Odom, Thomas P. Journey Into Darkness: Genocide in Rwanda. College Station: Texas A&M University Press, 2005. (Price - $18.96 Paperback on Amazon.com)
Review by Council member Major Adam Strickland, USMC.
Marine officers are taught that the two most important components of any operations order are the commander's intent and mission statement. Above all else, each statement should be clear and concise so as to leave the recipient with no doubt as to what must be accomplished. In 1994, at the height of a humanitarian crisis in Goma, Zaire, US Army LTC Thomas Odom, an Africa Foreign Area Officer, was told by his superiors -- "We must stop the dying," and thus tasked to "stop the dying." Though clear and concise, these provided little true guidance as he tried to assess the needs of over one million Rwandan refugees escaping violent retribution in front of the steadily advancing Rwandan Patriotic Front as it consolidated its victory in the Rwandan Civil War. Did his superiors really want him to provide humanitarian assistance to the former Rwandan Army that had just been defeated, yet was still heavily armed? Was he to provide relief to the Interhamwe or Impuzamugambi militias and their collaborators who had just raped and murdered in excess of 800,000 Rwandans? Was he required to disarm the groups as a precondition to assistance? And finally, how was he to complete his mission without creating the perception of providing aide and comfort to thousands who just committed genocide? In his book Journey Into Darkness: Genocide in Rwanda, Thomas Odom provides a first-person account of the planning difficulties and selected courses of actions associated with Operation Support Hope (Goma, Zaire 1994) and follow-on operations associated with the Rwandan Genocide.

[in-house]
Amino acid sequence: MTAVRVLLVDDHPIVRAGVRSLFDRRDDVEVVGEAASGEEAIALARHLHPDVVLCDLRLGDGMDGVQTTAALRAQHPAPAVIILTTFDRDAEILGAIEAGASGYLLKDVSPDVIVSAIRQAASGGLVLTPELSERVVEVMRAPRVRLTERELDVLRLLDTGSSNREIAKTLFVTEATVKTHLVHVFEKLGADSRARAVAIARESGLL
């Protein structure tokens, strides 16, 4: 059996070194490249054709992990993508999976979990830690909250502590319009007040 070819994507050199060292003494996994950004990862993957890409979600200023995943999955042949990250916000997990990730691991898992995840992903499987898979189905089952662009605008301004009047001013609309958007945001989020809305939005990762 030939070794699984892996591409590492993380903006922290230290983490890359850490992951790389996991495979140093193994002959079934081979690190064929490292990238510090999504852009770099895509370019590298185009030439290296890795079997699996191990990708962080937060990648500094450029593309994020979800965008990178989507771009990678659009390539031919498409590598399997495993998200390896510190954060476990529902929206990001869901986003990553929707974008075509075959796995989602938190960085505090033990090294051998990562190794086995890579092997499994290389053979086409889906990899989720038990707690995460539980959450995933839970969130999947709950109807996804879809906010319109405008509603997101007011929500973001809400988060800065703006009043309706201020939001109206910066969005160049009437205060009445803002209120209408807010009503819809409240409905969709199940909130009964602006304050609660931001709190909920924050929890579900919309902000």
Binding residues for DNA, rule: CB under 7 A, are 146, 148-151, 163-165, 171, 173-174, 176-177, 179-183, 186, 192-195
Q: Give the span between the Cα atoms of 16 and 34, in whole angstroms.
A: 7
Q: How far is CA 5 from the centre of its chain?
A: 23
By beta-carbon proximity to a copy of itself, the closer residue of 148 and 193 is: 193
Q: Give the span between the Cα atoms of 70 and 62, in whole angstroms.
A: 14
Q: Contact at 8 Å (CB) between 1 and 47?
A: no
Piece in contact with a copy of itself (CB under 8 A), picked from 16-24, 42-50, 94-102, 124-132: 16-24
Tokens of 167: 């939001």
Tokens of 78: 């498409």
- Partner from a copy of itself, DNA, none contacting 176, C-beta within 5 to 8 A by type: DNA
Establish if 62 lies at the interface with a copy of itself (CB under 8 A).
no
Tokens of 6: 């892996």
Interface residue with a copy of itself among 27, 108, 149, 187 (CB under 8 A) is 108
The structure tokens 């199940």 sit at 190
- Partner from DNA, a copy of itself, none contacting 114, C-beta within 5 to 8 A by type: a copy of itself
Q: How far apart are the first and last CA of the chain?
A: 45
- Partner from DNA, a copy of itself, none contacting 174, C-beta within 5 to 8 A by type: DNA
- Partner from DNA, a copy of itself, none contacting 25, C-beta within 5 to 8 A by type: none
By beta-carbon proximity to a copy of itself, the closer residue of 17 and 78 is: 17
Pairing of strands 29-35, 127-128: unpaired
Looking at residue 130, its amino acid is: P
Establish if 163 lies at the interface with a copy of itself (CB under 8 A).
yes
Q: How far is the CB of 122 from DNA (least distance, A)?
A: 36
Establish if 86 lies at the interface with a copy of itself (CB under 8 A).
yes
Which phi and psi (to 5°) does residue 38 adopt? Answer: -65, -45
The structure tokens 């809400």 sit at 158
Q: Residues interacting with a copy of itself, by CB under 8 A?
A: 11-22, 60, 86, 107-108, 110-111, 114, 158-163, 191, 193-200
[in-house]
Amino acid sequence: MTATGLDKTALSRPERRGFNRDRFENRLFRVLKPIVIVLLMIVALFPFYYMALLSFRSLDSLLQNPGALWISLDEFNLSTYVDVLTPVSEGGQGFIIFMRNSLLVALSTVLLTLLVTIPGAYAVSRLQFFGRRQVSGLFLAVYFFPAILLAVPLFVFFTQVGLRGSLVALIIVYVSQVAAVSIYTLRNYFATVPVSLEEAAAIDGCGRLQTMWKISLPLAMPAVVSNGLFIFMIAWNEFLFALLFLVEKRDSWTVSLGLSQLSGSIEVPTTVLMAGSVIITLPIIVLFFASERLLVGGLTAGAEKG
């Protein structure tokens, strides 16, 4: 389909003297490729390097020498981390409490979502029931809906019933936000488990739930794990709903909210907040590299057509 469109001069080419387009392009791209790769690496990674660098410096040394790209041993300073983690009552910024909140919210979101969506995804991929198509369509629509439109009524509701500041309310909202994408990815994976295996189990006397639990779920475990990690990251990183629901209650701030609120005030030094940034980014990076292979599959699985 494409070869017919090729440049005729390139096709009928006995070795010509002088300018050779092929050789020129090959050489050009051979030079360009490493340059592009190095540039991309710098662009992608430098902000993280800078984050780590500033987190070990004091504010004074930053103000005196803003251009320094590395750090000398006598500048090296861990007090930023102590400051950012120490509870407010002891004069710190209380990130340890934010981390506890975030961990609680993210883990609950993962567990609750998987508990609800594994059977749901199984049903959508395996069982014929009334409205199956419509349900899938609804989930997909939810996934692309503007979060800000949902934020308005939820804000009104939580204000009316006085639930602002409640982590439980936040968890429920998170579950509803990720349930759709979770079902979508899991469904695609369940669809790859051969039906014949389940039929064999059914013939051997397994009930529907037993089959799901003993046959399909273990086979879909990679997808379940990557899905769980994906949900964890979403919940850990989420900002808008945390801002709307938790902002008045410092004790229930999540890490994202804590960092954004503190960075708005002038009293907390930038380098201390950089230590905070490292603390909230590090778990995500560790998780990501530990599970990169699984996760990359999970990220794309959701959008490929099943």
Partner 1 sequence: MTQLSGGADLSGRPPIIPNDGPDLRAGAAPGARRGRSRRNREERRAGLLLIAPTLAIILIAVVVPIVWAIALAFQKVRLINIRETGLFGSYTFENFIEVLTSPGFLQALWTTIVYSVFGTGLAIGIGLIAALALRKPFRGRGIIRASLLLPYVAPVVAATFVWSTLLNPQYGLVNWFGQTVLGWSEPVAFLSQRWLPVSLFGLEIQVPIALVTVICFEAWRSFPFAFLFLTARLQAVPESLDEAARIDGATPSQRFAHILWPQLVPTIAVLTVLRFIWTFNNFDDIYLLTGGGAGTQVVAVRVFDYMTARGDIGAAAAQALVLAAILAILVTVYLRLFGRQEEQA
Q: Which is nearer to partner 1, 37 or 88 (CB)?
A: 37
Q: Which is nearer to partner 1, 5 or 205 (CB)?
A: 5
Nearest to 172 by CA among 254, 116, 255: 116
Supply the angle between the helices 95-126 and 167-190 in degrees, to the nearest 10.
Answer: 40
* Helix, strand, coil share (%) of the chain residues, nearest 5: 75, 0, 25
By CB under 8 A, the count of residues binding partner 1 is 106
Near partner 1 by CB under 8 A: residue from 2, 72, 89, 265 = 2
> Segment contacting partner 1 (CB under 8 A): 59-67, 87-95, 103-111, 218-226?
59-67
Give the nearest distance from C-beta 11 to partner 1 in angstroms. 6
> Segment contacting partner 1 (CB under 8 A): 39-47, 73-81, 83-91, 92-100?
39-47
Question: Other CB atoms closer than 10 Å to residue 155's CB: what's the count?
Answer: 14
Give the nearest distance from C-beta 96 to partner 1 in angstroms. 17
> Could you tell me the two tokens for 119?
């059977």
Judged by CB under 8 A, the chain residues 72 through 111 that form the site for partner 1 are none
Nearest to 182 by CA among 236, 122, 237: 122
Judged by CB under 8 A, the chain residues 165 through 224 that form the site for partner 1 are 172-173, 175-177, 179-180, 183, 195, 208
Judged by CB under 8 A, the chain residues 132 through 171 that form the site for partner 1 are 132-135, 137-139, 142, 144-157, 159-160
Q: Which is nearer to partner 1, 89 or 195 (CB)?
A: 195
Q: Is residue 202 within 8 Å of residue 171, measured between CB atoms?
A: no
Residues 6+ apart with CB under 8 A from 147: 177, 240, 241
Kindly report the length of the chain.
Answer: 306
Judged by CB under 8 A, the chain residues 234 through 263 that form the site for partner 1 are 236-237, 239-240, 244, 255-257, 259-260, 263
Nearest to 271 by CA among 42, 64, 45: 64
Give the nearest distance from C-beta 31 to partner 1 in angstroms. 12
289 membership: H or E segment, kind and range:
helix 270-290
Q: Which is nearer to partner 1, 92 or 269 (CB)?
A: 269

Over the past several years, we in the military have witnessed what some have labeled "a new-type" or "irregular" warfare, one in which there are multiple non-state competitors on the battlefield, the environment and root causes of grievance poorly defined and understood, and one in which religious, ethnic, and tribal affiliations matter more and more. However, Odom demonstrates that all of these and other problems that confront us today in Iraq or Afghanistan, whether interagency difficulties, the presence of militias, or the absence of necessary infrastructure, were present in Rwanda and Zaire in 1993-1994. By detailing the efforts that reconciled the limited means at his disposal with the policy goals or ends of Operation Support Hope, Odom makes this book a must read for all attempting to better understand operational art, planning, and the Great Lakes Region of Africa. Not only is Journey Into Darkness an easy and compelling read, but at 277 pages, one can finish it over a weekend. For a more complete understanding of operational art in the context of the Rwanda Genocide and United Nations Assistance Mission Rwanda (UNAMIR), Odom's book is a wonderful complement to Lieutenant General Romeo Dallaire's Shake Hands With The Devil: The Failure of Humanity in Rwanda. Journey Into Darkness: Genocide in Rwanda is a must read for all planners, foreign area officers, and those attempting to better understand the Great Lakes Region of Africa.
You can read Chapter Five: Operation Support Hope in the Small Wars Journal online magazine, Volume 3 - October 2005.